The profit after tax (PAT) for the year came about in the following manner. Revenues increased by about Rs32 crore (a jump of about 20%) and operating expenses got slashed by Rs60 crore or 26%. It is remarkable that TV18 was effectively carrying Rs60 crore or 26% of extra expenditure per quarter! After all, revenues not only suffered as a result of this slash and burn, but actually increased. After this severe belt-tightening, operating profit (after deducting payment to CNBC, US), was Rs21.54 crore or a shade above 11% of revenues. Now, after this operating profit came net interest expense of Rs18.64 crore and depreciation of Rs12.14 crore. So, how did TV18 end up in the black? By other income of Rs21.74 crore. In effect, the core operations are still not making profits at the net profit level.
As far as the segments operations are concerned, Raghav Bahl, group managing director, sounded delighted with the results in a conference call with analysts. He said, “I would say a very deeply satisfying quarter and
year-end for us at Network 18 across all our companies… Revenues were buoyant not just in one or two businesses, but across the group and across every operation… Almost every significant operation is now EBITDA positive in a sustainable way, not just as a single quarter kind of flash in the pan.”
Once again let’s look closely at the segmented data. Some 40% of TV18’s business is broadcasting (CNBC and CNBC Awaaz), the flagship of the group that helps pull in revenues for other businesses. And there, revenues have actually been down even over the terrible quarter that was March 2009, despite the fact that this year’s March quarter revenues were buoyed by the big event of the Union Budget! In March last year, revenues were Rs91.11 crore. This year it was Rs84.06 crore. So revenues were not really buoyant. And yet, Mr Bahl feels that “the two business news operations, which are the two CNBC channels, really bounced back very strongly and are now displaying the kind of strength that was witnessed in 2007-08 in terms of revenue buoyancy behind them. So the fact that they are back is fairly clear to us from the kind of growth we are witnessing.” If so, this quarter will show it. Web18 revenues were up by just 8.5%. Even on a higher revenue, net profit actually halved. There was a big jump in the revenues of Infomedia mainly because of one-time write back of its Business Process Outsourcing Business and also because revenues from several yellow pages directories were booked in the March quarter. Despite this huge jump in revenues, Infomedia still lost money.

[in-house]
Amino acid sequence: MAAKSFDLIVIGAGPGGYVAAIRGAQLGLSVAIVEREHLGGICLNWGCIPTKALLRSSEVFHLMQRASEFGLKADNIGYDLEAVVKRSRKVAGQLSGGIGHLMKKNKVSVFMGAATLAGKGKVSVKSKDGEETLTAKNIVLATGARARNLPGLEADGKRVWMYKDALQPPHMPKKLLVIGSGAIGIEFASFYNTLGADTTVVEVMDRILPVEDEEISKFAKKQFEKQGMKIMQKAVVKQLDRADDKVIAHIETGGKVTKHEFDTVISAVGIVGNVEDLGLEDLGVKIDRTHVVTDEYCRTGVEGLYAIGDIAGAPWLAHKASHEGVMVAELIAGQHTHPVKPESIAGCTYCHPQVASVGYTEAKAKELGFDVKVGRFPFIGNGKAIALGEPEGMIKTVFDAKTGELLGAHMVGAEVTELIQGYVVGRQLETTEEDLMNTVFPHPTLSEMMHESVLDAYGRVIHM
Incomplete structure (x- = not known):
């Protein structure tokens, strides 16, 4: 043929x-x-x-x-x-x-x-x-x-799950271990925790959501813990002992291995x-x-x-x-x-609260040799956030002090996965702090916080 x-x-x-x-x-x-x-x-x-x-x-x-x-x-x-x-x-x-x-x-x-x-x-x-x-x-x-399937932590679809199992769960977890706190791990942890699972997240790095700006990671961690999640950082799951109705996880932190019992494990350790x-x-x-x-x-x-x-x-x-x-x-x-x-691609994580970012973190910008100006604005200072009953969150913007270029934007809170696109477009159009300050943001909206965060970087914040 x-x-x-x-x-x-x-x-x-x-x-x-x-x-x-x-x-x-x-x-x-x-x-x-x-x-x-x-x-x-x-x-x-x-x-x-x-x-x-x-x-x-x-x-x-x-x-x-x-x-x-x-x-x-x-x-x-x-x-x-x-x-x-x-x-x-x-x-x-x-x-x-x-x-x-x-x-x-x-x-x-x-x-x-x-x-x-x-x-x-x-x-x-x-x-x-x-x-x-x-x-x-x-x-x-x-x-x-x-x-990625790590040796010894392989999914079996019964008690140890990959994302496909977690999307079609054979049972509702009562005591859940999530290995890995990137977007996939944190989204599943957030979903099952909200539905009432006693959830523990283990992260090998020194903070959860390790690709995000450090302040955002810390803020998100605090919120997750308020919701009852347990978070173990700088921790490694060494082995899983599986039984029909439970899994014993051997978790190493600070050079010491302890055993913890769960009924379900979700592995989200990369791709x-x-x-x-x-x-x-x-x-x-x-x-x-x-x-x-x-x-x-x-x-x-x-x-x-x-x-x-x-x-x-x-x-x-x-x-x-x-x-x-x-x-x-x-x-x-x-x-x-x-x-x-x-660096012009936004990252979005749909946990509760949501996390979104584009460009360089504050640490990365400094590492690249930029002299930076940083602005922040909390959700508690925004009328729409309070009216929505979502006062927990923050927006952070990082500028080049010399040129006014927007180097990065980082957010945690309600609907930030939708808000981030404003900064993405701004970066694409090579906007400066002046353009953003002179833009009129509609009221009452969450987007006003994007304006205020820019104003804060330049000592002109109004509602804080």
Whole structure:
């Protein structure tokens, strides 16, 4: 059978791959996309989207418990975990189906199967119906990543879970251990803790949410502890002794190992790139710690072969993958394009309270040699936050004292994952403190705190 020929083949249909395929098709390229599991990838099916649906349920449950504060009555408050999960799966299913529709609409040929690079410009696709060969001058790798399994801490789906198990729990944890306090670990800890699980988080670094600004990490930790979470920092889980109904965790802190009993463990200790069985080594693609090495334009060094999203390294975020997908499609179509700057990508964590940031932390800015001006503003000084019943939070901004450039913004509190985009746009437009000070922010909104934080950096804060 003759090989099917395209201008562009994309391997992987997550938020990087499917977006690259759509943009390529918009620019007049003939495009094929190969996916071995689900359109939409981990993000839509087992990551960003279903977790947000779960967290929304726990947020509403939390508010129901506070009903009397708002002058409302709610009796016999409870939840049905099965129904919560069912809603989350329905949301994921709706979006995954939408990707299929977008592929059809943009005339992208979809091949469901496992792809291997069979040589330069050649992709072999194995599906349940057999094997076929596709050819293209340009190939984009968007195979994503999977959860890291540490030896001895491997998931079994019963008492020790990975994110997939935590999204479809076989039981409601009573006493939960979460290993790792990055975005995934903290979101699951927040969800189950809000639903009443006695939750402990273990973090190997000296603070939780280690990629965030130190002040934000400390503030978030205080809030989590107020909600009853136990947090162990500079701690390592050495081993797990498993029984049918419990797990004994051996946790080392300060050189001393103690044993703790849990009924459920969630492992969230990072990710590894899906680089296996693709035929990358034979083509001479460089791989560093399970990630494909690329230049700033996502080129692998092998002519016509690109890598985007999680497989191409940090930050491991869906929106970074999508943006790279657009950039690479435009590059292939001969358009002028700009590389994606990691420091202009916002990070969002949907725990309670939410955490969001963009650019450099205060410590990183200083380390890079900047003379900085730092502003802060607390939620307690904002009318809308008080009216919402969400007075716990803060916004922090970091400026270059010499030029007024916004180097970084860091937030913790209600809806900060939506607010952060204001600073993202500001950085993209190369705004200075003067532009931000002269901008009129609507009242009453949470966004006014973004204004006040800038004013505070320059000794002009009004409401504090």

While it is fine for the management to be upbeat about the future, there are lot of issues still with TV18’s core operations. What has saved the day for TV18 in the March quarter was slash and burn of enormous magnitude that should leave investors wondering about even the sanctity of these numbers of earlier years. As for sustainability of revenues and profits, the jury is till open.
This company has a track record of doing the seemingly impossible in a quiet and focused manner—its announcement about a game-changing JV with Volvo is one such instance
That Eicher Motors Ltd is once again on a winning streak was best reflected in the way its share prices went up by almost 16% in one day. Historically, this company has a track record of doing the seemingly impossible in a quiet and focused manner, and the recent announcement wherein its joint venture with Volvo is now going to be the global hub for complete manufacture and assembly of truck engines in the 4-8 litre size segment (known as ‘medium’ in the developed countries and ‘large’ in developing countries) was no different. None of the usual song and dance lately associated with any announcement in the automobile world, just a straight forward press conference without alcohol, simply a lot of numbers. So very Swedish, dry, though Peter Karlsten, president of Volvo Powertrain did try to make a joke, which nobody understood.